Several respected journalists started out writing for tabloids, which can be an exciting career in itself.
Step 1: Get a college degree Get a college degree in journalism or a related field, such as English or communications. Tabloid journalism requires strong reporting and writing skills; many mainstream media stories originate in the tabloids.
Step 2: Study the tabloids Study several different tabloids to get a feel for the types of stories they publish and for their writing style.
TIP: Celebrity-filled Los Angeles is a good place to live to become a tabloid reporter, as are New York and London.
Step 3: Generate leads Generate eye-catching lead stories, or "leads." Most tabloids want fresh celebrity stories, high-profile scandals, or the bizarre. This requires digging deep for a story angle and may also call for a bit of creative embellishment.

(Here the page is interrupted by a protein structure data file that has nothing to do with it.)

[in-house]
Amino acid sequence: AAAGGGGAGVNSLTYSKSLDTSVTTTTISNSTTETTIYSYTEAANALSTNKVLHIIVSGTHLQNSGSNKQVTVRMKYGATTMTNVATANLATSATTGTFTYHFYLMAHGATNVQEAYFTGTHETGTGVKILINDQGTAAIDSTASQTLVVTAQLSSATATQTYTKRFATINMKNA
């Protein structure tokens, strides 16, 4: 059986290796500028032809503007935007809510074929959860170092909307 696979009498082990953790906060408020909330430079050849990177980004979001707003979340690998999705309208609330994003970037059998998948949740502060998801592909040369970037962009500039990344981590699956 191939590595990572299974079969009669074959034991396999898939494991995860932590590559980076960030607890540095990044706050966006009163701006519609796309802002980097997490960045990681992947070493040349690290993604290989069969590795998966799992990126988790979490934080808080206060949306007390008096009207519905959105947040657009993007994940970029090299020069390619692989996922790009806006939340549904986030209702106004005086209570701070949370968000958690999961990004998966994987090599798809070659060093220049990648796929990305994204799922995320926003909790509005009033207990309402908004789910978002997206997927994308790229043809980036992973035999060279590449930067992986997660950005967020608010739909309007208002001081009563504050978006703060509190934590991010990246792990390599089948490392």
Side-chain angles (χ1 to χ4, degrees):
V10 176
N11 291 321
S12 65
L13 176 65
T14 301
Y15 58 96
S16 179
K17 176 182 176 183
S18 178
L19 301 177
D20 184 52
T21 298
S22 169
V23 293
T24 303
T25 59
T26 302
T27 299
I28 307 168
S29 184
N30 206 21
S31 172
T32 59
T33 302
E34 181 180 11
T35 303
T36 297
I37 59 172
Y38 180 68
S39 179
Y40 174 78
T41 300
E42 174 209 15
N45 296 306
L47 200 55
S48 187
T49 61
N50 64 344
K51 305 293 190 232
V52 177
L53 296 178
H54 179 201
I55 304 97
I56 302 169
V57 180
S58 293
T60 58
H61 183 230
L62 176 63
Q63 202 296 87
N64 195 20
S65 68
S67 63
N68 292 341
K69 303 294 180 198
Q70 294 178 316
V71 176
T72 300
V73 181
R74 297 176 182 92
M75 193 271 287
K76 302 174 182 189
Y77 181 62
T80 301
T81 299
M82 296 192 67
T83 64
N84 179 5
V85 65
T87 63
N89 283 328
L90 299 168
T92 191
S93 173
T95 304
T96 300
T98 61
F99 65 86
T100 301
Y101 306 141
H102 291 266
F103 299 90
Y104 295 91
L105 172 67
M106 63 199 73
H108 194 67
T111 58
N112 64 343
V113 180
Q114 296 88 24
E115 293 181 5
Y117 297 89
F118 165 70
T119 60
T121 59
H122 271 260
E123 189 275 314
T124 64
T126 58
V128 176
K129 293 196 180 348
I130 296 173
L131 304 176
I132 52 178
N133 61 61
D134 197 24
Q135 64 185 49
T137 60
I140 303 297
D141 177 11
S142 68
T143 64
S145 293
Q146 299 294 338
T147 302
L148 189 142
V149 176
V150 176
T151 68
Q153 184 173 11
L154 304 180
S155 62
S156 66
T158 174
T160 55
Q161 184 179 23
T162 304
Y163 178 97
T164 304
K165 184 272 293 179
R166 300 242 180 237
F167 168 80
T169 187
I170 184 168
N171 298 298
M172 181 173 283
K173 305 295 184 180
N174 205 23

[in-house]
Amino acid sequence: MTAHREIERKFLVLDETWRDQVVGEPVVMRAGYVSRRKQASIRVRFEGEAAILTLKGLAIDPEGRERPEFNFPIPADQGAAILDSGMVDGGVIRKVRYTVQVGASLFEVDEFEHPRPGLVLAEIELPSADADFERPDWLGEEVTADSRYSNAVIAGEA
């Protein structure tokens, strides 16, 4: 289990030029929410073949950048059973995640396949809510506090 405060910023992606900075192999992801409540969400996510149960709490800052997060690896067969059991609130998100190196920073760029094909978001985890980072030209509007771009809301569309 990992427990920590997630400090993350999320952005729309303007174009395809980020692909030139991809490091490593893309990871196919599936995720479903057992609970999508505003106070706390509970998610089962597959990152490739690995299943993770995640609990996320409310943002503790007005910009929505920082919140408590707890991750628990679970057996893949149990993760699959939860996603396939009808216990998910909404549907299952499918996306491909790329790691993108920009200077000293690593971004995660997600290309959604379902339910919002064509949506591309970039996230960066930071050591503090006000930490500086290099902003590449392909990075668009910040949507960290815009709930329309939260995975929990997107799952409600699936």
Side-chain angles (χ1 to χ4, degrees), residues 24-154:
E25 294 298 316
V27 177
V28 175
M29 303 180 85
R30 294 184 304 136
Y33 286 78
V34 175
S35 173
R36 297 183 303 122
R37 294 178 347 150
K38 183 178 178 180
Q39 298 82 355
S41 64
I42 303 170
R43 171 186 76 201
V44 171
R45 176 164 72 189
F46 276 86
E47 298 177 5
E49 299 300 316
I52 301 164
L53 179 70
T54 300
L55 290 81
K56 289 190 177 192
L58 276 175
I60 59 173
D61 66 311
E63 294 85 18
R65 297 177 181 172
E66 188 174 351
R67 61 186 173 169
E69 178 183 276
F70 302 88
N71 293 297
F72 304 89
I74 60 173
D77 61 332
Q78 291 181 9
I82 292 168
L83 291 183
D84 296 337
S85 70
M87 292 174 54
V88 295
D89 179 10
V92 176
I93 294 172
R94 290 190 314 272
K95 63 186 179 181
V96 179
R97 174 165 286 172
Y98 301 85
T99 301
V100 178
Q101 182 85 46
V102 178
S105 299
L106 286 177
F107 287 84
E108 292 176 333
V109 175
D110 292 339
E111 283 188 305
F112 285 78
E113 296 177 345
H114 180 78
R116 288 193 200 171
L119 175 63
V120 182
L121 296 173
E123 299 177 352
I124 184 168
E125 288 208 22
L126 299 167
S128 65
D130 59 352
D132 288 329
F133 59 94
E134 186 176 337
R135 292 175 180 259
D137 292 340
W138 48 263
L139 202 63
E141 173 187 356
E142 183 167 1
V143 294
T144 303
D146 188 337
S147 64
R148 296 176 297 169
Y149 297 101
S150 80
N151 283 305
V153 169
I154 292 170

TIP: Learn tabloid jargon. Stories are written using simple language and often incorporate key catch phrases.
Step 4: Be competitive Be competitive to stay in the tabloid game. Tabloids hire mainly freelancers, many who have no formal contract, so consistently generating publishable stories is vital.
Step 5: Build contacts Build contacts to ensure you’ll always have a story. Contacts and sources are crucial to the tabloid industry; a reporter who doesn’t build a roster of them won’t be successful.
Step 6: Develop a unique style Develop your own unique style. Tabloid writers distinguish themselves by what they routinely cover and their use of humor, wryness, or other signature hooks.
FACT: The word tabloid was coined in the 1880s by a London pharmaceutical company that marketed compressed tablets as 'tabloid' pills.